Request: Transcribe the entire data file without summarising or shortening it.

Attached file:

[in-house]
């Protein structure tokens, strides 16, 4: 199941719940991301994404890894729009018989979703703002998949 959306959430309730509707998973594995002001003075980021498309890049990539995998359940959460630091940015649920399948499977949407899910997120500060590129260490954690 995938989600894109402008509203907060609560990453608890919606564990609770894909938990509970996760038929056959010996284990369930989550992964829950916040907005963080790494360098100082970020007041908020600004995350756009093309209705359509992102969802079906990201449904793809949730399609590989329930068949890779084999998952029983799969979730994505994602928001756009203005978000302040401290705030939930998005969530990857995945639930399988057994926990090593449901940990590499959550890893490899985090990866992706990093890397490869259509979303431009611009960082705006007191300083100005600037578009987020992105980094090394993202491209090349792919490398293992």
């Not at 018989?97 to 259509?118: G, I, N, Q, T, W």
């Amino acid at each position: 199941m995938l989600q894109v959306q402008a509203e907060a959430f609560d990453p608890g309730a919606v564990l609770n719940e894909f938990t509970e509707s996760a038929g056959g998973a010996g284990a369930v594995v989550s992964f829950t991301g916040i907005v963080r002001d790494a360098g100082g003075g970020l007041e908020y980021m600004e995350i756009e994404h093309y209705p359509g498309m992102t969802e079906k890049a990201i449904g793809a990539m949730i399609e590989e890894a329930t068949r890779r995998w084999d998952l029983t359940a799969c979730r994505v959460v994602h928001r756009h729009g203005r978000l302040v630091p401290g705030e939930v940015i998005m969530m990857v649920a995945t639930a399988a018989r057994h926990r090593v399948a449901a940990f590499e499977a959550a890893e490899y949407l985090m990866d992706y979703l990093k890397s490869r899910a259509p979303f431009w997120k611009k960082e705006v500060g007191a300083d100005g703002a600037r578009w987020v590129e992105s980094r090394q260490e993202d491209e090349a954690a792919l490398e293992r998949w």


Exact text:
[in-house]
């Protein structure tokens, strides 16, 4: 199941719940991301994404890894729009018989979703703002998949 959306959430309730509707998973594995002001003075980021498309890049990539995998359940959460630091940015649920399948499977949407899910997120500060590129260490954690 995938989600894109402008509203907060609560990453608890919606564990609770894909938990509970996760038929056959010996284990369930989550992964829950916040907005963080790494360098100082970020007041908020600004995350756009093309209705359509992102969802079906990201449904793809949730399609590989329930068949890779084999998952029983799969979730994505994602928001756009203005978000302040401290705030939930998005969530990857995945639930399988057994926990090593449901940990590499959550890893490899985090990866992706990093890397490869259509979303431009611009960082705006007191300083100005600037578009987020992105980094090394993202491209090349792919490398293992």
């Not at 018989?97 to 259509?118: G, I, N, Q, T, W």
């Amino acid at each position: 199941m995938l989600q894109v959306q402008a509203e907060a959430f609560d990453p608890g309730a919606v564990l609770n719940e894909f938990t509970e509707s996760a038929g056959g998973a010996g284990a369930v594995v989550s992964f829950t991301g916040i907005v963080r002001d790494a360098g100082g003075g970020l007041e908020y980021m600004e995350i756009e994404h093309y209705p359509g498309m992102t969802e079906k890049a990201i449904g793809a990539m949730i399609e590989e890894a329930t068949r890779r995998w084999d998952l029983t359940a799969c979730r994505v959460v994602h928001r756009h729009g203005r978000l302040v630091p401290g705030e939930v940015i998005m969530m990857v649920a995945t639930a399988a018989r057994h926990r090593v399948a449901a940990f590499e499977a959550a890893e490899y949407l985090m990866d992706y979703l990093k890397s490869r899910a259509p979303f431009w997120k611009k960082e705006v500060g007191a300083d100005g703002a600037r578009w987020v590129e992105s980094r090394q260490e993202d491209e090349a954690a792919l490398e293992r998949w």